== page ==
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Taxes Are on Sale: Here's How to Take Advantage


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Who can resist a good sale? When prices are slashed, there's usually a great financial opportunity.

SEE ALSO: 26 Ways the New Tax Law Will Affect Your Wallet

This carries over to financial planning, too. Essentially, right now taxes are on sale. Smart investors should take note of tax cuts implemented by the Trump administration and use them to their advantage.

Under the 2017 Tax Cuts and Jobs Act, our tax brackets have been reduced. For example, the 15% tax bracket went to 12%. The 25% tax bracket went to 22% . Under the taxes-on-sale concept, we have approximately seven years before they are scheduled to sunset in 2025.

So what to do?

IRAs and 401(k)s Come with Future Tax Bills

For the majority of retirees, their largest assets are mostly in pre-tax dollars, either through a traditional IRA or a 401(k) plan through their work. We tell people, "Hey, it's great that you have a million bucks in an IRA, but think about what you're really carrying here.''

As you enter retirement, your biggest debt probably isn't a mortgage. It's actually the debt to Uncle Sam. That million-dollar 401(k) you own absolutely looks great, but know that about $150,000 to $300,000 of that sum will actually be owed to the government.

Now let's tie everything together. The amount of that debt is controlled by the tax brackets. Smart investors will know that and will find a way to pay off and buy out that debt at the lowest possible cost. In light of the tax-bracket adjustments, we obviously want to employ that strategy for all of our clients, because it should add up to big savings in the long run.

How can we make it work? For the sake of an example, let's say you're married and your income is $120,000. Currently, the 22% tax bracket goes up to $165,000 for married joint filers , so that leaves about $45,000 worth of wiggle room for money that can be taken out of your IRA or 401(k).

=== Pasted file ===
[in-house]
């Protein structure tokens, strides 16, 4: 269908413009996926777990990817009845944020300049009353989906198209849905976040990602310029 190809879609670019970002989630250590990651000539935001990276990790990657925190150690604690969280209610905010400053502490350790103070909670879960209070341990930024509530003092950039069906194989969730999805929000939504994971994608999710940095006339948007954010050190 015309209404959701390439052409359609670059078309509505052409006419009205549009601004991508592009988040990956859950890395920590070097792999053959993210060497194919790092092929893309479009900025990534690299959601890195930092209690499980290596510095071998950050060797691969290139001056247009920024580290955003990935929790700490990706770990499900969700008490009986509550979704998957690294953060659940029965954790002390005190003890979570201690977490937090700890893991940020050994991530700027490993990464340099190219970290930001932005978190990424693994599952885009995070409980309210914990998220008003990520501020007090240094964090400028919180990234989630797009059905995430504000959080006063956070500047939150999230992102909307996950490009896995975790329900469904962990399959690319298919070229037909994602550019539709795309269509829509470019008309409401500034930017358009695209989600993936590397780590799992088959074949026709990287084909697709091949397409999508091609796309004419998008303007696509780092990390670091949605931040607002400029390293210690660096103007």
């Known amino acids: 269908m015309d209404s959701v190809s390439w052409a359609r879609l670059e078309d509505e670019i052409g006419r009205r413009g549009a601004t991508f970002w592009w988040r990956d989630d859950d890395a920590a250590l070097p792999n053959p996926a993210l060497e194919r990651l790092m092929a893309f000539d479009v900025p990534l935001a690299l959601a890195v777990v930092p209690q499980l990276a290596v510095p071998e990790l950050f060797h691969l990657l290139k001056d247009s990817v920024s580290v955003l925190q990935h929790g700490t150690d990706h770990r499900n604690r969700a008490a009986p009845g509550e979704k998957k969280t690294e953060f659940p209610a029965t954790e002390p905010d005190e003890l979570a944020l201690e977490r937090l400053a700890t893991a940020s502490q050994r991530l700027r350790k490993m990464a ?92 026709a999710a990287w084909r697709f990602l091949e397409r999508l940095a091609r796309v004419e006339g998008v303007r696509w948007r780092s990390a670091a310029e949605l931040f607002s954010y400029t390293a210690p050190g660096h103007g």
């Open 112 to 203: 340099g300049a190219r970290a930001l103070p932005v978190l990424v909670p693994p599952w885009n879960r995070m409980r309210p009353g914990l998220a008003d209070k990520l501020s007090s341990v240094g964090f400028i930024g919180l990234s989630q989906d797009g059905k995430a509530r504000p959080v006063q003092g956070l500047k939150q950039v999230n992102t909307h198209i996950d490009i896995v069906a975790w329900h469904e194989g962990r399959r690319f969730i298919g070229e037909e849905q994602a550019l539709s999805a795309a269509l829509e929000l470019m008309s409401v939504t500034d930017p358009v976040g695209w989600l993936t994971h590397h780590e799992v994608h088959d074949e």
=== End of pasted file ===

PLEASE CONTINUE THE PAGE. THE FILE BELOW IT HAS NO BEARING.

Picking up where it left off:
We're not going to spend that money, mind you. We're going to convert it.

3 After-Tax Strategies

There are three main strategies to leverage what will now become the after-tax dollars:

Roth Conversion

This is probably the most popular option. When we take the $45,000 and convert it into Roth IRA assets, that money becomes completely tax-free forever -- to you, your wife, your kids, to everyone, forever and ever under the current law.

There's a bit of bad news, though. You do have to pay taxes on that transaction. That might mean the $45,000 becomes $35,000 after taxes. But if you have cash on the side to settle the $10,000 tax bill, you can convert the whole $45,000. There's also a five-year window to consider during which you can't take out any of the gains without a tax obligation.

SEE ALSO: QUIZ: New Tax Law 2018: Test Your Tax Smarts

After-Tax Account

You shift the $45,000 from your IRA or 401(k) into an after-tax account, paying the taxes necessary for the transaction. After-tax accounts are technically considered non-qualified, meaning they do not qualify for tax deferral. Most people refer to these types of accounts as "brokerage accounts." Let's say your IRA is invested in Acme stock, and after paying taxes on the $45,000 transaction you are left with $35,000 in after-tax dollars in Acme stock. This means that Uncle Sam's claim (taxes) to the stock has been bought out, and you are free to buy, hold or sell the stock at any time for any purpose. For example, you may hold onto the stock for years and then leave it to your children, or you may sell the stock to pay for a trip around the world. It is your choice.